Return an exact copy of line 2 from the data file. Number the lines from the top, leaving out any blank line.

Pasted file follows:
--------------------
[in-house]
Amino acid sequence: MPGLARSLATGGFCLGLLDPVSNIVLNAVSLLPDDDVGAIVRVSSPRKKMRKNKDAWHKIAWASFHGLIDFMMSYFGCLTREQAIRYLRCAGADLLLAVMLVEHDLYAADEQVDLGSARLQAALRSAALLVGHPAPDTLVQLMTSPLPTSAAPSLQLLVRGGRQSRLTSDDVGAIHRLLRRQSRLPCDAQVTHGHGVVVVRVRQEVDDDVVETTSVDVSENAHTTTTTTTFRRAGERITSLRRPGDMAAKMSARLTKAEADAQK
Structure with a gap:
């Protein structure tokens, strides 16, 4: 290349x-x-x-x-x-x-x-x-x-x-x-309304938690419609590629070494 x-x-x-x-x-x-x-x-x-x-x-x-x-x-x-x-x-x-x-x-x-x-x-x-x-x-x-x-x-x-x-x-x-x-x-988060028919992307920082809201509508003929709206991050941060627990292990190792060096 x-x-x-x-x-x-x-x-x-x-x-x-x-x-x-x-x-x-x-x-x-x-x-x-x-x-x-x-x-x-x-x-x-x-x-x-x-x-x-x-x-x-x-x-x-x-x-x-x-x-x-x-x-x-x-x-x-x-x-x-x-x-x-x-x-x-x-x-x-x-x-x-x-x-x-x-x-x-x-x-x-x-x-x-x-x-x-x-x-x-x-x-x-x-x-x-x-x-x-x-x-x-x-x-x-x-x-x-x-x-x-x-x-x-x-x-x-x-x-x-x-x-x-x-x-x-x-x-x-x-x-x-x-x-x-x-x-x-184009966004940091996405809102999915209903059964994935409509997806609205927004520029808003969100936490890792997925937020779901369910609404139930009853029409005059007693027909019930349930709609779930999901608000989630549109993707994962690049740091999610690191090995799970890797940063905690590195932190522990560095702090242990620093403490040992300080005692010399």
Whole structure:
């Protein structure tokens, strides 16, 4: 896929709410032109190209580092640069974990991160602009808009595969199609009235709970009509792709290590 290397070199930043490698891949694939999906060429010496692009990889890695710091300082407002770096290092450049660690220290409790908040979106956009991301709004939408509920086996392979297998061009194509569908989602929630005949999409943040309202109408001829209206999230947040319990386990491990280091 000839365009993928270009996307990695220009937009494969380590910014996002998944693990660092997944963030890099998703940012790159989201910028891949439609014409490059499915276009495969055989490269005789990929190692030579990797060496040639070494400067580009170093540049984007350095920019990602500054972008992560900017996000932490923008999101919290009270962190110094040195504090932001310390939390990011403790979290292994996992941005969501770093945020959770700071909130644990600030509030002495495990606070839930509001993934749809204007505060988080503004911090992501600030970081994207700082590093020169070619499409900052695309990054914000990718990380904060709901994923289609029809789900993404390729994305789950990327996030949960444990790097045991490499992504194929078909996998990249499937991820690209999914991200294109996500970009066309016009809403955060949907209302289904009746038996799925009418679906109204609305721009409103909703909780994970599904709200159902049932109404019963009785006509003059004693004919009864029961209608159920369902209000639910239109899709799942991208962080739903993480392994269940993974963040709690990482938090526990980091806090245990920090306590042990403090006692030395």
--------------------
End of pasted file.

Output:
Amino acid sequence: MPGLARSLATGGFCLGLLDPVSNIVLNAVSLLPDDDVGAIVRVSSPRKKMRKNKDAWHKIAWASFHGLIDFMMSYFGCLTREQAIRYLRCAGADLLLAVMLVEHDLYAADEQVDLGSARLQAALRSAALLVGHPAPDTLVQLMTSPLPTSAAPSLQLLVRGGRQSRLTSDDVGAIHRLLRRQSRLPCDAQVTHGHGVVVVRVRQEVDDDVVETTSVDVSENAHTTTTTTTFRRAGERITSLRRPGDMAAKMSARLTKAEADAQK